Gargoyle


Post - Top - Home - Printer Friendly - Translate

Subject: RE: Folklore: Where is Dixie
From: EBarnacle
Date: 25 Jun 04 - 08:04 AM

As a way back when coin and currency dealer [not any more, but it paid for my first year of college] the "Dix note" long preceded the song. I believe it actually had the word "Dix" under a large Roman numeral "X." The story I heard was that Dixie was anywhere the notes circulated. These notes were from the era of local and private banks and, from my recall, were exceptional in that they were generally honored and not defaulted. The circulation of these fly by night banks led to the establishment of a national currency and to Jackson's effort to create a cenrtalized federal banking system.


Post - Top - Home - Printer Friendly - Translate

Subject: RE: Folklore: Where is Dixie
From: EBarnacle
Date: 25 Jun 04 - 08:08 AM

Warning: Thread drift. When the transit of Venus was coming up, there was mention that Mason and Dixon were on their way to observe it one in their era when their ship was captured by a French man of war.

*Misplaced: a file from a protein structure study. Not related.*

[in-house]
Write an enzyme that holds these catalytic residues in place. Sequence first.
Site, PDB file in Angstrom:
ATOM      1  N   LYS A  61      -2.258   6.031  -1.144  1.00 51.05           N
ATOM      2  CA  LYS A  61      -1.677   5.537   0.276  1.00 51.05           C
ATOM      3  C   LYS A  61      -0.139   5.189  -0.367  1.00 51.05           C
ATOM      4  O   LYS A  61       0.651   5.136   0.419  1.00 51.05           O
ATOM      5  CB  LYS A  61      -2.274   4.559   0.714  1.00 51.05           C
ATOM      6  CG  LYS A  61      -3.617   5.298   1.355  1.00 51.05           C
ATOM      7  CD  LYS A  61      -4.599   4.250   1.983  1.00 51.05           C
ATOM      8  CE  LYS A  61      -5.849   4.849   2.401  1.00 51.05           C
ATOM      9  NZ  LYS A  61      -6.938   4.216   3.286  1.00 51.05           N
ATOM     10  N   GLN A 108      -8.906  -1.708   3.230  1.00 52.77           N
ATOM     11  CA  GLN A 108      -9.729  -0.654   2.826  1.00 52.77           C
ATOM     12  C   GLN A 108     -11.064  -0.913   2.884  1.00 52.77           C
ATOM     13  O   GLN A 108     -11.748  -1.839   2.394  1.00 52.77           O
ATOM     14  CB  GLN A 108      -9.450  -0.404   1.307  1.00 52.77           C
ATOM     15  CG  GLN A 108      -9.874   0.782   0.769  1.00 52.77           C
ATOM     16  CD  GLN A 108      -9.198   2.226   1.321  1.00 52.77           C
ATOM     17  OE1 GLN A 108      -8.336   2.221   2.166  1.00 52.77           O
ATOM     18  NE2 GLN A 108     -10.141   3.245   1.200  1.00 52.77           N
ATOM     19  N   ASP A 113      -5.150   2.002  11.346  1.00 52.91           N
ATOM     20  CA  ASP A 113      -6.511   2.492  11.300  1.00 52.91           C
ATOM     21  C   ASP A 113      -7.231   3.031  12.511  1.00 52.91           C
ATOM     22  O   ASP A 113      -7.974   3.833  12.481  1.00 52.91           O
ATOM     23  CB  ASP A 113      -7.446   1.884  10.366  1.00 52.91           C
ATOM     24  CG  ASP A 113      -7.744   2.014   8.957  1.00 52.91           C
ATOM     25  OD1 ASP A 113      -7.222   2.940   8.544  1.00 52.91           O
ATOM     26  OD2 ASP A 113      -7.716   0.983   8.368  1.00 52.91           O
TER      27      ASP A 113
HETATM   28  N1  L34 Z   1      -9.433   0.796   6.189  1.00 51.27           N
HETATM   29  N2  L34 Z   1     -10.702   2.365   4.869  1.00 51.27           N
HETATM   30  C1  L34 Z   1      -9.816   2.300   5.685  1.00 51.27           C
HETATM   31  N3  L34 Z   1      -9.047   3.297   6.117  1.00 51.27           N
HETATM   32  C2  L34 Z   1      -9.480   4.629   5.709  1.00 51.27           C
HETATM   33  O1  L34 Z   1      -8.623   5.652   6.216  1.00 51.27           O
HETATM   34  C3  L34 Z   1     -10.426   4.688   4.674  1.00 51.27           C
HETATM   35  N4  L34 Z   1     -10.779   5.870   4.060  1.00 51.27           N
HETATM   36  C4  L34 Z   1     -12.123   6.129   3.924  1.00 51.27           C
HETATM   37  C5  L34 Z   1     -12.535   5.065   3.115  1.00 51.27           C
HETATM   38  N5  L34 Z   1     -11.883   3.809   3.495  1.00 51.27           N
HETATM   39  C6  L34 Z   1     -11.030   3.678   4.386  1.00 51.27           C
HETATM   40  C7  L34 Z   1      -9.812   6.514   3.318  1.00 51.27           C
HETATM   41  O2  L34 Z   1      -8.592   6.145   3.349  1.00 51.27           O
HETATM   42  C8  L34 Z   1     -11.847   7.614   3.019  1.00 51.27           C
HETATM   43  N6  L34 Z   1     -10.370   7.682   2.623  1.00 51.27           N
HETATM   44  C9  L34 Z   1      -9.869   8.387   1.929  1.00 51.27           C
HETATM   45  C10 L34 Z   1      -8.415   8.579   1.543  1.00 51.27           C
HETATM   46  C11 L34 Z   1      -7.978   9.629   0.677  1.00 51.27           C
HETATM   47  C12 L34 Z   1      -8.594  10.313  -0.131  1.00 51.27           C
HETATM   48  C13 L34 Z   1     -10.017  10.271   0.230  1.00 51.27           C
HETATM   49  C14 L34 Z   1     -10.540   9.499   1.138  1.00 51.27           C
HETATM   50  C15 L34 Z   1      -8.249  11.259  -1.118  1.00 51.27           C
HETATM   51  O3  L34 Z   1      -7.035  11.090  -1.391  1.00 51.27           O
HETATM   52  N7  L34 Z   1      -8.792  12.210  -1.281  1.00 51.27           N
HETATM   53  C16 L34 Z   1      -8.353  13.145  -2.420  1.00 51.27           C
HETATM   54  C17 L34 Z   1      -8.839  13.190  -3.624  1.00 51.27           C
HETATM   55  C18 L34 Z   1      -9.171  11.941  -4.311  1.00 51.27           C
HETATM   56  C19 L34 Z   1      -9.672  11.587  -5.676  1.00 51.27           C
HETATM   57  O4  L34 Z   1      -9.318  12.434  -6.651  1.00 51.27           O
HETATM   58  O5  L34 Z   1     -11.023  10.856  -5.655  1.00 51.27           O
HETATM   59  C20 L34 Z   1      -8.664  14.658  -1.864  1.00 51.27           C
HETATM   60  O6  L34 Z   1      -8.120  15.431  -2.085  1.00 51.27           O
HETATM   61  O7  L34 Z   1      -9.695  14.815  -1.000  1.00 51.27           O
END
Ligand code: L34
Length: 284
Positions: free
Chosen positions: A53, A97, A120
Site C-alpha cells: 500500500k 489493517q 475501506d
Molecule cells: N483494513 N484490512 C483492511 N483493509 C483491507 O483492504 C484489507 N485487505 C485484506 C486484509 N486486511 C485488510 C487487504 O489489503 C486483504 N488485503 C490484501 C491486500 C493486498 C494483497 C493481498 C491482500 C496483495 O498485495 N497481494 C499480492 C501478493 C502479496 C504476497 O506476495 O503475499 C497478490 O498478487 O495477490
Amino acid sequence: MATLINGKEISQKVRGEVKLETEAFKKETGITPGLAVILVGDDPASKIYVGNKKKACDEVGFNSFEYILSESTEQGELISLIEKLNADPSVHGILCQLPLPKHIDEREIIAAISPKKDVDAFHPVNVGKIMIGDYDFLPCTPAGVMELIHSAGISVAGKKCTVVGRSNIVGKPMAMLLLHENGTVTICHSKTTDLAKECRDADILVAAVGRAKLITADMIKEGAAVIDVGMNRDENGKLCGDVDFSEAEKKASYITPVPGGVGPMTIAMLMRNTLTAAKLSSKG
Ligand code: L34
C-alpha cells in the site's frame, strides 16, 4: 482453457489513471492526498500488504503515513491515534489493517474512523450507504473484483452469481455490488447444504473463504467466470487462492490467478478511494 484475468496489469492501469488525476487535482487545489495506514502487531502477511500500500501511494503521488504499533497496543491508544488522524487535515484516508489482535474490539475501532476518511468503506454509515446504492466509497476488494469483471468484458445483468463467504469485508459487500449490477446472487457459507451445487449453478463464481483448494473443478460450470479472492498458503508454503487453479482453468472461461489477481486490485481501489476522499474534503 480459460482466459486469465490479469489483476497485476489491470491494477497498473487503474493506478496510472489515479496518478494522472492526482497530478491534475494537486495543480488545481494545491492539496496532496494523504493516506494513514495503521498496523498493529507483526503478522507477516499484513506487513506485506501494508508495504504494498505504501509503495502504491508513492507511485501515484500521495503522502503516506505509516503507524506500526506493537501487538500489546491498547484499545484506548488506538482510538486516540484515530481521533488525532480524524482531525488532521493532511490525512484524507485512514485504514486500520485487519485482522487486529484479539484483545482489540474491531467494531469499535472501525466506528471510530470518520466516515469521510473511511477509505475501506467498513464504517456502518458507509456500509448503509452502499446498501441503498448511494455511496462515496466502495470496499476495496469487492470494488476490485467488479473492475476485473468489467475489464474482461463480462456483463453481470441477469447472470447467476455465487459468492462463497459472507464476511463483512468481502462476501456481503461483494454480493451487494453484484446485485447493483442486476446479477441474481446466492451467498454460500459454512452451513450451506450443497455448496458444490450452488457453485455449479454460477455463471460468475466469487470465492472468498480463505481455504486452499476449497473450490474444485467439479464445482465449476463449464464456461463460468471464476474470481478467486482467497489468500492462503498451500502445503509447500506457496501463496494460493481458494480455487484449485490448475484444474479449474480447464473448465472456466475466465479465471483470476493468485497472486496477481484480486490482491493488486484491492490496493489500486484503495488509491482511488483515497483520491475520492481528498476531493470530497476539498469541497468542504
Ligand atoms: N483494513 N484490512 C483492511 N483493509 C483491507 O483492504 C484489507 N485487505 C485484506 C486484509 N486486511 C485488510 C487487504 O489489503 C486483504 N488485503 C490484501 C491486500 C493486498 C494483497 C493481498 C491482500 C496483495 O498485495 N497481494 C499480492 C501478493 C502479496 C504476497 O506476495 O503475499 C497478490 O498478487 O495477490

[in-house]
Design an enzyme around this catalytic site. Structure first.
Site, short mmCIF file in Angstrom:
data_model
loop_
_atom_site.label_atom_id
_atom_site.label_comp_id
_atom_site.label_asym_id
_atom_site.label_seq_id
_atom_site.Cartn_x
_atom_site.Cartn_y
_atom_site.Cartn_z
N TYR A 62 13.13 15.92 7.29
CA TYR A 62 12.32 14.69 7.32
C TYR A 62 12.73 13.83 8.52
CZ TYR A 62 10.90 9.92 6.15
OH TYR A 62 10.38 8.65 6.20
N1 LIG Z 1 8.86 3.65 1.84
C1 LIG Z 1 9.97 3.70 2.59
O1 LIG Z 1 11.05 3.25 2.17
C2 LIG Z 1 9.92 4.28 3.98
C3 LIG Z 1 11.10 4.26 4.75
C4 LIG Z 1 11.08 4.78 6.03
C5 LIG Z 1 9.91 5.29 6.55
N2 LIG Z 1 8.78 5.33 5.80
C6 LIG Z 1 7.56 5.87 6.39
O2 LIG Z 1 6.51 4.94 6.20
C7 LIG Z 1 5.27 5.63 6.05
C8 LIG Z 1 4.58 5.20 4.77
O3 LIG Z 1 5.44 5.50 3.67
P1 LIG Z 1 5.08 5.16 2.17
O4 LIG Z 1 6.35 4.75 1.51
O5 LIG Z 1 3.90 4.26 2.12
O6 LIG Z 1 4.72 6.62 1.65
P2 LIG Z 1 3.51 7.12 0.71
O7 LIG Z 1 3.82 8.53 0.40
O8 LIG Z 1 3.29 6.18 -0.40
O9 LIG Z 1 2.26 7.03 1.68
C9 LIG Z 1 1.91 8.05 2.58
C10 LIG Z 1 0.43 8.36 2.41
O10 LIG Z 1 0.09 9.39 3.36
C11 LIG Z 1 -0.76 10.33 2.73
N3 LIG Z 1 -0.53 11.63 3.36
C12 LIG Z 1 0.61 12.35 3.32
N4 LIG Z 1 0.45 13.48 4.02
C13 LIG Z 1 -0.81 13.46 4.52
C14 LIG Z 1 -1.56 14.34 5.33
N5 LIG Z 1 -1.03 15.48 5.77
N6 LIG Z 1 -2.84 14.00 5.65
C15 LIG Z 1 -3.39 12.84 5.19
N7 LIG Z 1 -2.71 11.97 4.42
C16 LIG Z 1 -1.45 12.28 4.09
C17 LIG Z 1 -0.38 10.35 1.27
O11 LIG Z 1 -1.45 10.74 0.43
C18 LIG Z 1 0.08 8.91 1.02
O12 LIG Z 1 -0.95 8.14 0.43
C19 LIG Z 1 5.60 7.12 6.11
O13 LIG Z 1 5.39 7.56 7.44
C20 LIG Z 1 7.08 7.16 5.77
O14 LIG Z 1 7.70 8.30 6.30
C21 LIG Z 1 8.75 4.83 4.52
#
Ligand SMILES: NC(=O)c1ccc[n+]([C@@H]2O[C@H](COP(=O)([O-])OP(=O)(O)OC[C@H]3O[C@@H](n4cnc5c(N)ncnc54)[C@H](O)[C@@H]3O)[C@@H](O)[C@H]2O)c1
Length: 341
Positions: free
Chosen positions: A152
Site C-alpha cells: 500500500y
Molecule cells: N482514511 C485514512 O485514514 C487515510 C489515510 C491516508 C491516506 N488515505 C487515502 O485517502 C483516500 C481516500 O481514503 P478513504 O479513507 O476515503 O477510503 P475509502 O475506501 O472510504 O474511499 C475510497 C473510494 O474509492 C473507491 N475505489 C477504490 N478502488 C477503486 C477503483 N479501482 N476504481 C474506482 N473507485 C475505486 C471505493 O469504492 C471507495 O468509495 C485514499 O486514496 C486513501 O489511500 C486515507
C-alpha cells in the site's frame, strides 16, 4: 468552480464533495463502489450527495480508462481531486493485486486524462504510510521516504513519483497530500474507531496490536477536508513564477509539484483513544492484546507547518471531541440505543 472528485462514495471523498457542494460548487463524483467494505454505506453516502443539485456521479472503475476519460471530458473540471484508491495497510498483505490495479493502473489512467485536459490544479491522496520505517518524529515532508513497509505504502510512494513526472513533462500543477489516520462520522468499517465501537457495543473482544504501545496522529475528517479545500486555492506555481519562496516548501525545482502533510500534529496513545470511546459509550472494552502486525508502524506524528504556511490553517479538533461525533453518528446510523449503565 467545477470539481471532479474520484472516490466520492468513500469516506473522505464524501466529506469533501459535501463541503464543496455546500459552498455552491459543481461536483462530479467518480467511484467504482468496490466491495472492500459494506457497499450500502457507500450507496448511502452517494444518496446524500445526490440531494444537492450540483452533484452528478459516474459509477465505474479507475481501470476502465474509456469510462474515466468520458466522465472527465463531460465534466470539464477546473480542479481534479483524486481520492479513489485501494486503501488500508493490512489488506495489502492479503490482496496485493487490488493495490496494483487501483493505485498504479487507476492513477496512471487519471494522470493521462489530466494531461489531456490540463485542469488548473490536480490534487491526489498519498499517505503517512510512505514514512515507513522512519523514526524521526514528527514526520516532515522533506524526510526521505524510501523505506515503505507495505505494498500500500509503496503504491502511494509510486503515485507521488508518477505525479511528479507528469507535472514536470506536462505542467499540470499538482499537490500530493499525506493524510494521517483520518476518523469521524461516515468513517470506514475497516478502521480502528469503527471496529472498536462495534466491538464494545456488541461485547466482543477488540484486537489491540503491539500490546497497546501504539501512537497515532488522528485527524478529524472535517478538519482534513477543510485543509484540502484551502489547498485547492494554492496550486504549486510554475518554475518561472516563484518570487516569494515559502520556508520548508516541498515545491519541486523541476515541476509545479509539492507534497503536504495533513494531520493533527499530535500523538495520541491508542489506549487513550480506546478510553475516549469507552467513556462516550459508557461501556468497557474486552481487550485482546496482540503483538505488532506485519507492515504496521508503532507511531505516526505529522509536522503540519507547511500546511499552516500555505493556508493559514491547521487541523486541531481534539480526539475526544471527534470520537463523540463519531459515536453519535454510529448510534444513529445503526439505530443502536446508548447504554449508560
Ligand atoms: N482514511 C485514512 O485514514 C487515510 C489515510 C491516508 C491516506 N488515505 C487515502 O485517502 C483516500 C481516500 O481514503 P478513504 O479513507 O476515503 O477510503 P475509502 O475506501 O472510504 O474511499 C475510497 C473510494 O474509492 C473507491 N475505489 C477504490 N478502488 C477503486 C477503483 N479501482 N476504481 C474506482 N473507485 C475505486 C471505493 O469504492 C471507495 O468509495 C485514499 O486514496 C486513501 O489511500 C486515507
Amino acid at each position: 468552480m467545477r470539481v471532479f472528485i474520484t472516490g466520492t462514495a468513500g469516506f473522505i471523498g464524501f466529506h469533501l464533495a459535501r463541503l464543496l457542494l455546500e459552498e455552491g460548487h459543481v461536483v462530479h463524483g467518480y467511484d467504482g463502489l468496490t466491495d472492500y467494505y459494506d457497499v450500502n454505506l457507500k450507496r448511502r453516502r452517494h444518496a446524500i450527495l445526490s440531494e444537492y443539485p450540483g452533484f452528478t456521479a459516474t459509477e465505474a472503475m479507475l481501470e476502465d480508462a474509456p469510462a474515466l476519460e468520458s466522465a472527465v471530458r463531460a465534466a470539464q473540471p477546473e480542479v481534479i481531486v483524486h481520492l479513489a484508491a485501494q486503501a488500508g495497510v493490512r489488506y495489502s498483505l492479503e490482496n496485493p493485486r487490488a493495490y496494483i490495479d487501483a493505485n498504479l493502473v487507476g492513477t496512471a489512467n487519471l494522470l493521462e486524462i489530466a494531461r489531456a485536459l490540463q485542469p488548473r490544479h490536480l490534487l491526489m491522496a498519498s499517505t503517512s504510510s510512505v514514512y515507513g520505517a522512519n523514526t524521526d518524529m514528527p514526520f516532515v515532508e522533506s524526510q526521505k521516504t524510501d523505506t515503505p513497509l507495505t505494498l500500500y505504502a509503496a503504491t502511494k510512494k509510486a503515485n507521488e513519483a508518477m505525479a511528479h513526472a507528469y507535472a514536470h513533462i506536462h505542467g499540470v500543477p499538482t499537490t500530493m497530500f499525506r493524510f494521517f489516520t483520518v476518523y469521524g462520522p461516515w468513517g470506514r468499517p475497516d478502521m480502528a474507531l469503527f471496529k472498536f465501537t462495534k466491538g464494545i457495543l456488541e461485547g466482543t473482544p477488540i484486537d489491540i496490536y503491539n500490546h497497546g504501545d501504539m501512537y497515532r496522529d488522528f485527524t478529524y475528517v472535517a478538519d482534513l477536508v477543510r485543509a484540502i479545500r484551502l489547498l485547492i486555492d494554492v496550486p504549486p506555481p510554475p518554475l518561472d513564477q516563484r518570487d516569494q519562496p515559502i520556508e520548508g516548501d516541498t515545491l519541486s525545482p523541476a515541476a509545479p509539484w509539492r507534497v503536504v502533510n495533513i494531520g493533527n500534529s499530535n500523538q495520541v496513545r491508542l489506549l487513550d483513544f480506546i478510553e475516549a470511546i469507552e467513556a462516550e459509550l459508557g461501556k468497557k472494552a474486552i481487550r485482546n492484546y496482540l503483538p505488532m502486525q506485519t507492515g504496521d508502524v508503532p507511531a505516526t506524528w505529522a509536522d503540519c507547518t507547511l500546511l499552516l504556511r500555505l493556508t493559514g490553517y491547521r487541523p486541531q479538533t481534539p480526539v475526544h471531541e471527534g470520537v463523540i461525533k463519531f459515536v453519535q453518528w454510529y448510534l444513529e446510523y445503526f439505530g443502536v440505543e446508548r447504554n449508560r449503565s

Post - Top - Home - Printer Friendly - Translate

Subject: RE: Folklore: Where is Dixie
From: Q (Frank Staplin)
Date: 25 Jun 04 - 08:44 AM

The "Dix" note was circulated in Louisiana by Citizens Bank and Trust Co., and was valid there for several years. Can't remember the exact dates. The note never was in general circulation in the South, and the derivation of "Dixie's Land" from the currency is not generally accepted.


Post - Top - Home - Printer Friendly - Translate
  Share Thread:
More...

Reply to Thread
Subject:  Help
From:
Preview   Automatic Linebreaks   Make a link ("blue clicky")


Mudcat time: 14 November 9:55 AM EST

[ Home ]

All original material is copyright © 1998 by the Mudcat Café Music Foundation, Inc. All photos, music, images, etc. are copyright © by their rightful owners. Every effort is taken to attribute appropriate copyright to images, content, music, etc. We are not a copyright resource.